Music is often called the universal language; it can be understood and enjoyed by anyone who cares to listen. In fact it is so much a part of the human experience that even without musical training most people can recognize one of Western music’s most prevalent symbols – the treble clef. Aside from being on nearly every piece of sheet music, the treble clef can be found on tote bags, baseball hats, t-shirts, and even on the bodies of music-lovers in the form of tattoos. Today, clefs are taken for granted as an essential part of music notation, but a thousand years ago clefs were completely non-existent.
In the tenth century, musical notation would have been practically unrecognizable to modern musicians. It consisted of a single staff line with neumes, or pitch marks, that gave an idea of the contours of the melody without indicating specific musical notes. As music of the day grew increasingly complex, this system was gradually replaced with a more sophisticated one whose improvements included the addition of more staff lines and accurate pitch notations. Another important innovation was musical clefs which were used to denote the location of specific pitches on the new multi-line staff.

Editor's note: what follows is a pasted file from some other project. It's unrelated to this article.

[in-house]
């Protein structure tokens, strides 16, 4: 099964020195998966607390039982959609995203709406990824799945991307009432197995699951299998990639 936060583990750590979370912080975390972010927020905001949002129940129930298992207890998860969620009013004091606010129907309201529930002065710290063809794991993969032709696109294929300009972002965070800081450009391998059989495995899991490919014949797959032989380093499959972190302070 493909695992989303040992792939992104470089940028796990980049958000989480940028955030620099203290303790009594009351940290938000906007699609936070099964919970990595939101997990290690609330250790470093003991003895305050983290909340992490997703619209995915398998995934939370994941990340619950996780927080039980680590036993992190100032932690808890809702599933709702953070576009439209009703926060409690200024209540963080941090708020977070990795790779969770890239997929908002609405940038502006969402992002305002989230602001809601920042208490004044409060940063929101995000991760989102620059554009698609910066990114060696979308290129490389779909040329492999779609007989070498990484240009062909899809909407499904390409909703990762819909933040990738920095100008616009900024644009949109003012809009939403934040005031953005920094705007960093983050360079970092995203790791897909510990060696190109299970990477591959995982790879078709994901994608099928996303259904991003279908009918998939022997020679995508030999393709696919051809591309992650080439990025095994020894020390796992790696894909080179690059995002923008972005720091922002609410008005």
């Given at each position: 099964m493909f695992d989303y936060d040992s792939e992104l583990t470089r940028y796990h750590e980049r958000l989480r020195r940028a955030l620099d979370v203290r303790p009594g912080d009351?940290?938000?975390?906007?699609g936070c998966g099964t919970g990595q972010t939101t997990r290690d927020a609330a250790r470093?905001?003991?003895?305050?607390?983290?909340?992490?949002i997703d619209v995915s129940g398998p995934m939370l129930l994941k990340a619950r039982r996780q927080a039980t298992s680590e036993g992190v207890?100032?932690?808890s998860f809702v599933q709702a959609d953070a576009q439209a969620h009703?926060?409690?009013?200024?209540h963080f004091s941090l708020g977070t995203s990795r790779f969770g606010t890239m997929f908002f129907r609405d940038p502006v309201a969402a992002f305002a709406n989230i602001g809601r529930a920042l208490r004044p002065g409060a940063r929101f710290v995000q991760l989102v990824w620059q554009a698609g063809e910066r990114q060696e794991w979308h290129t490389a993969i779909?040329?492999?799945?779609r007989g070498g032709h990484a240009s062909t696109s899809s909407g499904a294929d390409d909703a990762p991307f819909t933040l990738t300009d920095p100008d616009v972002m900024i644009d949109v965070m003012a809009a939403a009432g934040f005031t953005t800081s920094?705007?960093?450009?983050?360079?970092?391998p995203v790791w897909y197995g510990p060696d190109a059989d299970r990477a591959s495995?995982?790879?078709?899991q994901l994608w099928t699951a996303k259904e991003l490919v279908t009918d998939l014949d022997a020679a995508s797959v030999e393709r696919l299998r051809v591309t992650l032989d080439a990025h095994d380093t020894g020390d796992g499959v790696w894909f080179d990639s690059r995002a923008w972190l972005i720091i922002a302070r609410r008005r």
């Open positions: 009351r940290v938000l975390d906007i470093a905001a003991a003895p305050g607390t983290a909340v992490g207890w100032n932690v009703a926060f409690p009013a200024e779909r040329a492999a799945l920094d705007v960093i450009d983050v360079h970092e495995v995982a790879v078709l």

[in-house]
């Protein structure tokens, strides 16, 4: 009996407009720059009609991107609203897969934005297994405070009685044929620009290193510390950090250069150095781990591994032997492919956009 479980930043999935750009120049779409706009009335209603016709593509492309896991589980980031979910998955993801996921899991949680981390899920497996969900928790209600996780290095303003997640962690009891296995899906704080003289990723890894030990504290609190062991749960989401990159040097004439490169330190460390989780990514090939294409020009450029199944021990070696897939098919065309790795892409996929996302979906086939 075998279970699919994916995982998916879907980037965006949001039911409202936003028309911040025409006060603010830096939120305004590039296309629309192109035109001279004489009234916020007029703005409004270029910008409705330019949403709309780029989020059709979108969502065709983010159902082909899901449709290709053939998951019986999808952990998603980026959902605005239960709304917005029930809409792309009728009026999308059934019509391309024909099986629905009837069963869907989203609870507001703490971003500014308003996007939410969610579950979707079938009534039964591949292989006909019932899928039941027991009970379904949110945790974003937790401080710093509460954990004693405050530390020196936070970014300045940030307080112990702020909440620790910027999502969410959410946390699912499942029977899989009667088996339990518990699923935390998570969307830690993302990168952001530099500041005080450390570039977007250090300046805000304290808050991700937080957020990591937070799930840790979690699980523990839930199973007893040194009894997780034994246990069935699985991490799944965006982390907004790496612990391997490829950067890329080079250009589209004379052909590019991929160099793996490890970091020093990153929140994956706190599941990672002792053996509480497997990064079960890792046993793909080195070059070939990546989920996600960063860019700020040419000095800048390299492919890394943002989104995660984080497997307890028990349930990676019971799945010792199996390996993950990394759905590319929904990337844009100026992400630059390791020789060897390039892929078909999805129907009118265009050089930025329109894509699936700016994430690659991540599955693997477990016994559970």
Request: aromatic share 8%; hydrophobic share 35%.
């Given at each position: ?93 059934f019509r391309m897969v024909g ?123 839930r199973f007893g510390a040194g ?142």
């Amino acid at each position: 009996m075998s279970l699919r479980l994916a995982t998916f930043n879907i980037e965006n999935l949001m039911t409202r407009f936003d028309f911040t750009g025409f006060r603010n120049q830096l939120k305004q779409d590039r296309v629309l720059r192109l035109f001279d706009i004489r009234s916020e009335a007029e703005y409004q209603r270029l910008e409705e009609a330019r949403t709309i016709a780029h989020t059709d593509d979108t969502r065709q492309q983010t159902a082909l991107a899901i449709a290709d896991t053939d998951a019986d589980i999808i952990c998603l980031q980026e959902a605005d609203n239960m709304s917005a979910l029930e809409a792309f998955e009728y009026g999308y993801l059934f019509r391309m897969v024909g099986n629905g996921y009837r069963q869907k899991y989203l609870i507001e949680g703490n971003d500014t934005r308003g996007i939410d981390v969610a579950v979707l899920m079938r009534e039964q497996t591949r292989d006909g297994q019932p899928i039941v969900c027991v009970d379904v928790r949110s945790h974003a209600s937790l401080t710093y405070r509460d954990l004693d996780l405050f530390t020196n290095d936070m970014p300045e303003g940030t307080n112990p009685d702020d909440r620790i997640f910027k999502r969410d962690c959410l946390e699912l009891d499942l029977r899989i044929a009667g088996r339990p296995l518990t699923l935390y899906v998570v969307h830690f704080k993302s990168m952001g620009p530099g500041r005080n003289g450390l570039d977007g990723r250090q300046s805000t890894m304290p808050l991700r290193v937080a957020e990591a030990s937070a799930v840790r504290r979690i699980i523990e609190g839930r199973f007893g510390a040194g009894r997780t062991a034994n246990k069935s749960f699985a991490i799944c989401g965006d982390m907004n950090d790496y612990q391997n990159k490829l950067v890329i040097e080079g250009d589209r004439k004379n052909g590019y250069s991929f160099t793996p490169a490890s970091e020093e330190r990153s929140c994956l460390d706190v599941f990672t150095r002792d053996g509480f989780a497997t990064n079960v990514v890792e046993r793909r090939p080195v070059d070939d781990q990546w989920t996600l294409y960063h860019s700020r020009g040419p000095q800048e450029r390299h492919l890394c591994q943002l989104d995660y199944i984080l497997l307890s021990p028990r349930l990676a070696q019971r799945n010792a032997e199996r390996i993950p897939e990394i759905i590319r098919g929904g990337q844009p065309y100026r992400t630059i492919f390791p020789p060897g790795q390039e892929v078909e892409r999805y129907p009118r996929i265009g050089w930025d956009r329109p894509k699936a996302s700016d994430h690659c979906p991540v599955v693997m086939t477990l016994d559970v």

Although hardly recognizable in their contemporary form, the clefs are actually embellished letters that indicate the location of that note on a particular staff line; the treble clef originated as a simple “G” and over the years transformed into the symbol with which we are so familiar. Likewise, the bass clef was originally an “F” and the alto (or C clef) was originally a “C.” Today musical clefs may look to be arbitrary on the surface, but they still serve their utilitarian function: they make all music, no matter who wrote it or how difficult, universally legible to us as musicians.
Over the past 34 years, MidAmerica Productions has produced over 1300 concerts in Carnegie Hall and all over the world. To have your ensemble perform with us, visit our website or call us at 212-239-0205.